As an industry that contributes so much to the state of Wisconsin’s culture and identity, Dairy Farmers of Wisconsin is embarking on a new strategy to highlight this integral industry. In honor of National Dairy Month, the organization is encouraging consumers to stand united with the state’s dairy farmers and find simple ways to show their support.
Suzanne Fanning, Senior Vice President and Chief Marketing Officer, Dairy Farmers of Wisconsin”Wisconsin’s dairy farms, 95 percent of which are family owned, are facing difficult circumstances right now,” said Suzanne Fanning, Senior Vice President and Chief Marketing Officer. “The single most effective way we can support our farmers is to buy and enjoy the nutrient-rich dairy products they produce.”
With Americans spending more time preparing and eating meals at home rather than at restaurants or in school cafeterias, farmers have adapted their businesses quickly to meet changing demands and fulfill consumers’ essential nutrition needs. According to a press release, dairy is one of the most affordable ways of getting three of the four critical nutrients most often lacking in Americans’ diets: calcium, vitamin D, and potassium.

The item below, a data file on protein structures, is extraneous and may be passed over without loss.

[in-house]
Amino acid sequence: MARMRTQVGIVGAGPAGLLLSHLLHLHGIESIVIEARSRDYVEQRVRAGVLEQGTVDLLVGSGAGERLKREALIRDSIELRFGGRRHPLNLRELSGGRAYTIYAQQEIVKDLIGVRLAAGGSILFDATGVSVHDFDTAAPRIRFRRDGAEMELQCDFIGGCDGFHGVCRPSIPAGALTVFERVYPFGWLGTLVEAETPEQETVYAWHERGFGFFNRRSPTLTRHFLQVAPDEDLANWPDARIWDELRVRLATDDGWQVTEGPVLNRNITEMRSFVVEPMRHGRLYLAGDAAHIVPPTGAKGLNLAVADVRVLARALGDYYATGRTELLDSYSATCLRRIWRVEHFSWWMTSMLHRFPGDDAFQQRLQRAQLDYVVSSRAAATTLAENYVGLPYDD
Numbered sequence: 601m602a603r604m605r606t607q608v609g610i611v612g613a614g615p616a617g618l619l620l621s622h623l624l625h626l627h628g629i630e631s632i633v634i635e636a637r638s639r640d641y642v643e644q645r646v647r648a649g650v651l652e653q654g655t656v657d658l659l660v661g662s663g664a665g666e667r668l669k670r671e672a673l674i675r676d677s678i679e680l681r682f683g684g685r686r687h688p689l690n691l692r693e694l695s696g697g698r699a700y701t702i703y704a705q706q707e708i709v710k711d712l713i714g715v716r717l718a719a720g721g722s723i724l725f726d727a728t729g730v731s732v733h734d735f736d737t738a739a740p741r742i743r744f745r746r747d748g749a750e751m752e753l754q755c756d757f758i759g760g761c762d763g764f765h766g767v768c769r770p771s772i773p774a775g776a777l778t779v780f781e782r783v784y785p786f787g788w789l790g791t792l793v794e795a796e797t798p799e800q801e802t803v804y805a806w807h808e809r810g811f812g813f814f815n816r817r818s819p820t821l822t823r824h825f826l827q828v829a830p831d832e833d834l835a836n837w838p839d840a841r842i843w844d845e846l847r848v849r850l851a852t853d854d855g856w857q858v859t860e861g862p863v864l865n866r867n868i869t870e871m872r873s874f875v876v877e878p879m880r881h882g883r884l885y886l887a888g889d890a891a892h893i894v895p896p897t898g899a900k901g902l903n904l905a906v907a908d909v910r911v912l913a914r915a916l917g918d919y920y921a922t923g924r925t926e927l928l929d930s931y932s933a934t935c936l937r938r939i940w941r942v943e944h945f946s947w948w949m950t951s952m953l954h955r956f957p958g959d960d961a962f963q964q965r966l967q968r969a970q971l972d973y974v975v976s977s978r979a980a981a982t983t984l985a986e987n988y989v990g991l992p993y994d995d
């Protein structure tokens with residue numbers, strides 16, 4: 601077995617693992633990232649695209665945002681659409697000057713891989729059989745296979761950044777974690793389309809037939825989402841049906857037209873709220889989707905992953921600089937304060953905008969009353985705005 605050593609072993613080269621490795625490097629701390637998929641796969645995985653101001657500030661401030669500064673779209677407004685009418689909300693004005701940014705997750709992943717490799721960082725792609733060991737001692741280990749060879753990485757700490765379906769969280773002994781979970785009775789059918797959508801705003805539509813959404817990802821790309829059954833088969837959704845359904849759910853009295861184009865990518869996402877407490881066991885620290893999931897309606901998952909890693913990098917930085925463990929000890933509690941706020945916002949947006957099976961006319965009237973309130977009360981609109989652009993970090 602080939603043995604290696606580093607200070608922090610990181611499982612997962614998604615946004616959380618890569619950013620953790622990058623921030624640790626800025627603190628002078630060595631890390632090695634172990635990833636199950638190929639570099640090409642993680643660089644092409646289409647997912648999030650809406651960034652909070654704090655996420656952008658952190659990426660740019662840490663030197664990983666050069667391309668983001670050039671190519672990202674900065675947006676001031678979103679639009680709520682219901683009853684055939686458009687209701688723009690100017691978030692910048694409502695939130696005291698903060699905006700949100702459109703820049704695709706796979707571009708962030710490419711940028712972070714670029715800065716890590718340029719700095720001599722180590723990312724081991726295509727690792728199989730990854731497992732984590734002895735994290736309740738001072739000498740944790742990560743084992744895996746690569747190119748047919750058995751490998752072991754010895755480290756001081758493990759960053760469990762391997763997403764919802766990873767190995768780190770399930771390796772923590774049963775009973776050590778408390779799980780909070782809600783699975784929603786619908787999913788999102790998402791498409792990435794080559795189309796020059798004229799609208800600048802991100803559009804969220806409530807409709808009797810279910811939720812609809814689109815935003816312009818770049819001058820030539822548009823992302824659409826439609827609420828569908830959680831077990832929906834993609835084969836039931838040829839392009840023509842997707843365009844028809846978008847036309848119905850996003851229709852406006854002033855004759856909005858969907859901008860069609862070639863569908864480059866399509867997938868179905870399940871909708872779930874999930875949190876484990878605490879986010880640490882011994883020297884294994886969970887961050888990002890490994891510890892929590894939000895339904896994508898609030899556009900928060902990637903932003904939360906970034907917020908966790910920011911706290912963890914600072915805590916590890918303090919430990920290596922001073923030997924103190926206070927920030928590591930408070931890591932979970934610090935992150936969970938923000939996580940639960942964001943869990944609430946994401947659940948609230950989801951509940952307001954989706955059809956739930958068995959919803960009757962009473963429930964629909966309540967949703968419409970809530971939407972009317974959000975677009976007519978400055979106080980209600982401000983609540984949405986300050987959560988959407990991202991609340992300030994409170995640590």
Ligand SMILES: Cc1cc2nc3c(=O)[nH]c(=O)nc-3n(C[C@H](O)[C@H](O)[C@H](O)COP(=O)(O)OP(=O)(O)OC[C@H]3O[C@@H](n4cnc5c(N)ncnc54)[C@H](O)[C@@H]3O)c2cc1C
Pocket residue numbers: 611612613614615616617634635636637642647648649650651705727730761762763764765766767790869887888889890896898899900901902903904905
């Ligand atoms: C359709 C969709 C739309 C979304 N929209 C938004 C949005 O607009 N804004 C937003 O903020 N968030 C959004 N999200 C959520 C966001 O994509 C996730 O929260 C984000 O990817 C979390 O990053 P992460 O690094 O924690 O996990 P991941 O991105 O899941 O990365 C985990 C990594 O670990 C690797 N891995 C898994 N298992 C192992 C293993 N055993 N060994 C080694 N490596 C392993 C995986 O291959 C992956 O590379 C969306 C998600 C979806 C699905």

In honor of National Dairy Month, Dairy Farmers of Wisconsin is encouraging consumers to stand united with the state’s dairy farmers and find simple ways to show their support
“Many Wisconsin families have been dairy farming for generations,” Fanning said. “These are passionate people who have worked hard to take care of their land and animals. As a state, we must stand together in support of our farmersand all they do for our communities.”
Celebrated since the 1930’s, National Dairy Month began as a program to promote drinking milk but has evolved into an annual celebration recognizing the contributions of dairy producers, farm families, and others involved in the industry. Wisconsin’s dairy farmers are committed to delivering fresh, wholesome nutrition to dairy lovers all over the world using sustainable farming practices. In 2017, they reached a milestone achievement by reducing the environmental impact of producing a gallon of milk by involving 31 percent less water, 21 percent less land, a 20 percent smaller carbon footprint, and 21 percent less manure than in 2007.